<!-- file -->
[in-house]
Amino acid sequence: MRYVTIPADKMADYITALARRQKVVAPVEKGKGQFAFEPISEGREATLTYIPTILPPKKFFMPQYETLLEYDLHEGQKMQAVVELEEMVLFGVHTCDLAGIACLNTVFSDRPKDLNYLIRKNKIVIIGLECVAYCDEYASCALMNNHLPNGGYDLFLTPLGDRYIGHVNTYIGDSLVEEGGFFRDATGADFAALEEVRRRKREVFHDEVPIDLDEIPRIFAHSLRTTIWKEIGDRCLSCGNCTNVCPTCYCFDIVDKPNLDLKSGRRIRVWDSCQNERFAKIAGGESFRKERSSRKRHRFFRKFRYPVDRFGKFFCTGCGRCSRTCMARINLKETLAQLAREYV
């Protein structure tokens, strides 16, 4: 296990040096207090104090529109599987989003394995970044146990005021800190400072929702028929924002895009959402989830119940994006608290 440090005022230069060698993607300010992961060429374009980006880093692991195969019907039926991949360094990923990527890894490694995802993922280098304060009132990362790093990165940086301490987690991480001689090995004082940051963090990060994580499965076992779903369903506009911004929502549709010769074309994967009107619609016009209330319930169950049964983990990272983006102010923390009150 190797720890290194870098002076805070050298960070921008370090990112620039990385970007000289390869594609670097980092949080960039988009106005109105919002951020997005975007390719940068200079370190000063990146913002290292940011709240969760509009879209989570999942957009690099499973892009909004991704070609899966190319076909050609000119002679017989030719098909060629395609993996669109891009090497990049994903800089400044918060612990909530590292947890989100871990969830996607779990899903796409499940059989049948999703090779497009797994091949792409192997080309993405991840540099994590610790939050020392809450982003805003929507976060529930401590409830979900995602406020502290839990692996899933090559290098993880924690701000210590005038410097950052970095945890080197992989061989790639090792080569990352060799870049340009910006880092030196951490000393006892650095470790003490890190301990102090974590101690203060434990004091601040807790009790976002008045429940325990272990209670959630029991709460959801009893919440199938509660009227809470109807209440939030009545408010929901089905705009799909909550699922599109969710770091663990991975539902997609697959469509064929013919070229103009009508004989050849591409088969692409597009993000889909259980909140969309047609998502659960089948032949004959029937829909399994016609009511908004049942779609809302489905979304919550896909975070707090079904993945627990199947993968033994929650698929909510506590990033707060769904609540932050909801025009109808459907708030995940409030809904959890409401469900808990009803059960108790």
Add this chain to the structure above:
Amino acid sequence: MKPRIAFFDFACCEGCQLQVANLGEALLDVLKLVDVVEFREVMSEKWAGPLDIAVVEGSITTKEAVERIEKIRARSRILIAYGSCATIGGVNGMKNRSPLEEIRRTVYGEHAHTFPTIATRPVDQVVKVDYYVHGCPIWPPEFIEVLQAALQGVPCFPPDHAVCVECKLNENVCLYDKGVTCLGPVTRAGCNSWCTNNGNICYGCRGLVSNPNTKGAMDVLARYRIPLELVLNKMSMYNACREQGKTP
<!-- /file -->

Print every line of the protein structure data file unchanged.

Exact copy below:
[in-house]
Amino acid sequence: MRYVTIPADKMADYITALARRQKVVAPVEKGKGQFAFEPISEGREATLTYIPTILPPKKFFMPQYETLLEYDLHEGQKMQAVVELEEMVLFGVHTCDLAGIACLNTVFSDRPKDLNYLIRKNKIVIIGLECVAYCDEYASCALMNNHLPNGGYDLFLTPLGDRYIGHVNTYIGDSLVEEGGFFRDATGADFAALEEVRRRKREVFHDEVPIDLDEIPRIFAHSLRTTIWKEIGDRCLSCGNCTNVCPTCYCFDIVDKPNLDLKSGRRIRVWDSCQNERFAKIAGGESFRKERSSRKRHRFFRKFRYPVDRFGKFFCTGCGRCSRTCMARINLKETLAQLAREYV
């Protein structure tokens, strides 16, 4: 296990040096207090104090529109599987989003394995970044146990005021800190400072929702028929924002895009959402989830119940994006608290 440090005022230069060698993607300010992961060429374009980006880093692991195969019907039926991949360094990923990527890894490694995802993922280098304060009132990362790093990165940086301490987690991480001689090995004082940051963090990060994580499965076992779903369903506009911004929502549709010769074309994967009107619609016009209330319930169950049964983990990272983006102010923390009150 190797720890290194870098002076805070050298960070921008370090990112620039990385970007000289390869594609670097980092949080960039988009106005109105919002951020997005975007390719940068200079370190000063990146913002290292940011709240969760509009879209989570999942957009690099499973892009909004991704070609899966190319076909050609000119002679017989030719098909060629395609993996669109891009090497990049994903800089400044918060612990909530590292947890989100871990969830996607779990899903796409499940059989049948999703090779497009797994091949792409192997080309993405991840540099994590610790939050020392809450982003805003929507976060529930401590409830979900995602406020502290839990692996899933090559290098993880924690701000210590005038410097950052970095945890080197992989061989790639090792080569990352060799870049340009910006880092030196951490000393006892650095470790003490890190301990102090974590101690203060434990004091601040807790009790976002008045429940325990272990209670959630029991709460959801009893919440199938509660009227809470109807209440939030009545408010929901089905705009799909909550699922599109969710770091663990991975539902997609697959469509064929013919070229103009009508004989050849591409088969692409597009993000889909259980909140969309047609998502659960089948032949004959029937829909399994016609009511908004049942779609809302489905979304919550896909975070707090079904993945627990199947993968033994929650698929909510506590990033707060769904609540932050909801025009109808459907708030995940409030809904959890409401469900808990009803059960108790």
Add this chain to the structure above:
Amino acid sequence: MKPRIAFFDFACCEGCQLQVANLGEALLDVLKLVDVVEFREVMSEKWAGPLDIAVVEGSITTKEAVERIEKIRARSRILIAYGSCATIGGVNGMKNRSPLEEIRRTVYGEHAHTFPTIATRPVDQVVKVDYYVHGCPIWPPEFIEVLQAALQGVPCFPPDHAVCVECKLNENVCLYDKGVTCLGPVTRAGCNSWCTNNGNICYGCRGLVSNPNTKGAMDVLARYRIPLELVLNKMSMYNACREQGKTP